Thu, Nov 22, 2018 - Page 10 News List

CBA chairwoman defends testimony

‘CULTURE OF GREED’:Catherine Livingstone said the bank has not reduced executives’ short-term bonuses, as ‘there will only be consequence’ if it goes public

Reuters, SYDNEY

Commonwealth Bank of Australia (CBA) chairwoman Catherine Livingstone yesterday defended her testimony to a financial inquiry that she had raised governance concerns with senior management, even though lawyers said there were no records of her doing so.

Livingstone was also grilled over why the head of the scandal-hit retail division was later appointed CEO and why executive bonuses were only affected after events were reported in the media rather than when the board became aware of them.

In her second day on the witness stand at the quasi-judicial inquiry, Livingstone said she had confronted management at a board meeting in late 2016 after regulators warned the bank about breaches of anti-money laundering and terror-financing laws (AML/CTF).

“Do you accept that they [the minutes] don’t record a very significant exchange that you say occurred at this meeting, but which we have no record of?” barrister assisting the inquiry Rowena Orr asked.

“I do accept that, but I am also aware that I am giving evidence under oath. To the best of my recollection, it was at the October board meeting that I challenged management in relation to the AML/CTF reports,” Livingstone said.

Australia’s largest bank in May agreed to pay a record A$700 million (US$506.56 million) fine to settle charges brought late last year over tens of thousands of breaches of AML/CTF laws.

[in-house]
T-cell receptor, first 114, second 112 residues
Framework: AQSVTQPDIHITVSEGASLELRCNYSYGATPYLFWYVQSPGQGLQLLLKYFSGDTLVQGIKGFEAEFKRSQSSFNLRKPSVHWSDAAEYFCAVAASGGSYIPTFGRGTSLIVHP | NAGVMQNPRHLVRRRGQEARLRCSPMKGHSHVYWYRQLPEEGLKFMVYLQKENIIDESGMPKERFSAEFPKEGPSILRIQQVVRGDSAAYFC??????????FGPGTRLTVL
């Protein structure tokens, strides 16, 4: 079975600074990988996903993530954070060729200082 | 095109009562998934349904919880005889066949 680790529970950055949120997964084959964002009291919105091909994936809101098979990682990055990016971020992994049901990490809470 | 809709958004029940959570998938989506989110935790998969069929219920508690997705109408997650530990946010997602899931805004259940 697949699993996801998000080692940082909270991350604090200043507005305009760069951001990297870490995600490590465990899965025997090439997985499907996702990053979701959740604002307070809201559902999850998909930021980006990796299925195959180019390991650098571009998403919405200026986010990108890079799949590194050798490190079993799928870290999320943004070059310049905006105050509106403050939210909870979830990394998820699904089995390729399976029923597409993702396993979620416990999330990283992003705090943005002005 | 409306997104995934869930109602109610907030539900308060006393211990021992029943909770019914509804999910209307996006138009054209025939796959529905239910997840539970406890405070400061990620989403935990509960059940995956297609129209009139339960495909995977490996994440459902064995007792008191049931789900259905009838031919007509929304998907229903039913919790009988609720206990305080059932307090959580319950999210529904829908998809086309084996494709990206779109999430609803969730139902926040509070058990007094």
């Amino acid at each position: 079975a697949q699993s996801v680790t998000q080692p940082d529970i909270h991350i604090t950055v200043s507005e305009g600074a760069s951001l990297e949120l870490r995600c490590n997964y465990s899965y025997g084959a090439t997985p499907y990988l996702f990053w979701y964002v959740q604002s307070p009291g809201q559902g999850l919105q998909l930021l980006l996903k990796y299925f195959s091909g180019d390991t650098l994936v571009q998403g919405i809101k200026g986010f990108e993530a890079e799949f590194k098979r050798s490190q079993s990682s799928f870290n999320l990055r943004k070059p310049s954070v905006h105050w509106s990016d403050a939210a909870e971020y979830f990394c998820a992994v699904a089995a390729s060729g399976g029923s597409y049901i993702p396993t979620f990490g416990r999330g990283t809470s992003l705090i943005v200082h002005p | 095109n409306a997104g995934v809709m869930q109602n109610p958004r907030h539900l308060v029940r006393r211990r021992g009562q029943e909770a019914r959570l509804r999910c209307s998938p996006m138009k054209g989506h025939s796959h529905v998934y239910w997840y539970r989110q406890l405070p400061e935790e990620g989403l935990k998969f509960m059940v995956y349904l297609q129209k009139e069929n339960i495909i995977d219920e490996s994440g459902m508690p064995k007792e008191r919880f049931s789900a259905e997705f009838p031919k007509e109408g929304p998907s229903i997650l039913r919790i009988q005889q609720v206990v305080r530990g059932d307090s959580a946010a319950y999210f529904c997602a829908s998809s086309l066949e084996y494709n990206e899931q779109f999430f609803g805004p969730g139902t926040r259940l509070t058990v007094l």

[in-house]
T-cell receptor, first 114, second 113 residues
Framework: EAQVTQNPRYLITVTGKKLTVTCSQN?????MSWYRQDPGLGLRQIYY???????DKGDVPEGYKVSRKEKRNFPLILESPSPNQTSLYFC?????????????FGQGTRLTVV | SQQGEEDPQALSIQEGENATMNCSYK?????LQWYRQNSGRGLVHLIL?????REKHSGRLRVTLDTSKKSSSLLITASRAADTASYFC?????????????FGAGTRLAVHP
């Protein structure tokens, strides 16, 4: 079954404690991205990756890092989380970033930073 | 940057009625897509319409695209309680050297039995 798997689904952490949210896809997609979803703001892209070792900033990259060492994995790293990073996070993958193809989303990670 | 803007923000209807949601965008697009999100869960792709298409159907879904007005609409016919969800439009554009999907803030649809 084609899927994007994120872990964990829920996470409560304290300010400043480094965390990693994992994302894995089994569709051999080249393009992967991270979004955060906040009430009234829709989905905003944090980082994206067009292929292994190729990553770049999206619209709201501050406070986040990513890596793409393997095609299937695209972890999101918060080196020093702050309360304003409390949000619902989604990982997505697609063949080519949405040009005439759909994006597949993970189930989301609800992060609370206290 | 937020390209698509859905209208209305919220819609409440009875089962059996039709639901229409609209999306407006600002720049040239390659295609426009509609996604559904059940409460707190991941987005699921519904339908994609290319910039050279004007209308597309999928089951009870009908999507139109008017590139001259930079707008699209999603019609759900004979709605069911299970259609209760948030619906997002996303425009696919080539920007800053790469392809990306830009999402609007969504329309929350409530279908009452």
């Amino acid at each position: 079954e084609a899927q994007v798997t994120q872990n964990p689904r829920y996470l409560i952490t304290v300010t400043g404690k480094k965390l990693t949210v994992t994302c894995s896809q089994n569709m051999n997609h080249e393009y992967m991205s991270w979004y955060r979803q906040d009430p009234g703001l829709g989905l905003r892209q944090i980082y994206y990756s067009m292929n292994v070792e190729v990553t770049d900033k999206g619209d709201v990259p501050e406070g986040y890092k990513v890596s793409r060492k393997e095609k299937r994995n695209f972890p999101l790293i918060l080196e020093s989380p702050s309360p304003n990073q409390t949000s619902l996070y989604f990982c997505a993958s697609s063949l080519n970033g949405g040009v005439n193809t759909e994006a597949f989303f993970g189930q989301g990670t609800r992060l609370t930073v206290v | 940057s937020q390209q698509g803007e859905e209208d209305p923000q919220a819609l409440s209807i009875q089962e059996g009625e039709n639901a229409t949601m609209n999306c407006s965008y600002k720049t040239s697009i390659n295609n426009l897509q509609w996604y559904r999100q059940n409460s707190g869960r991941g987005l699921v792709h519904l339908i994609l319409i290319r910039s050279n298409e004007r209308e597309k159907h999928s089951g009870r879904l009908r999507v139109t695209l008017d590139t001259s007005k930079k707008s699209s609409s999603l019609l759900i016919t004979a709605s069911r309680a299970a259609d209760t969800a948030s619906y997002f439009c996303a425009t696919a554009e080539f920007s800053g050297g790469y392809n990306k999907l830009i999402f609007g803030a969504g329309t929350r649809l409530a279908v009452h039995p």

The scandal led to a scathing report by the Australian Prudential Regulation Authority about the bank’s governance shortcomings.

Livingstone, who became chairwoman a few months before the breaches became public, said the board had cut directors’ pay in response to the scandal, but that former chairman David Turner had refused a request to return 40 percent of his final year’s fees.

From its first hearings in February, the Australian Royal Commission inquiry has revealed systemic wrongdoing and a pervasive culture of greed at CBA and other banks.

The money-laundering allegations and other scandals severely damaged CBA’s brand and led to the departure of former CEO Ian Narev in April.

On Tuesday, chief executive Matt Comyn also blamed previous management for the bank’s failings, although at the time he was head of retail banking overseeing one of the most scandal-hit divisions.

Asked at the inquiry whether Comyn was an appropriate choice to replace Narev, Livingstone said his character and ability to admit mistakes were factors that helped the board decide in his favor.

She said that since the 2011 financial year the bank had not reduced an executive’s short-term bonus because of “a risk-related issue” unless it had been made public.

The barrister asked what message that sent.

“Well, clearly that there will only be consequence if there is a public event, a media event,” she said.

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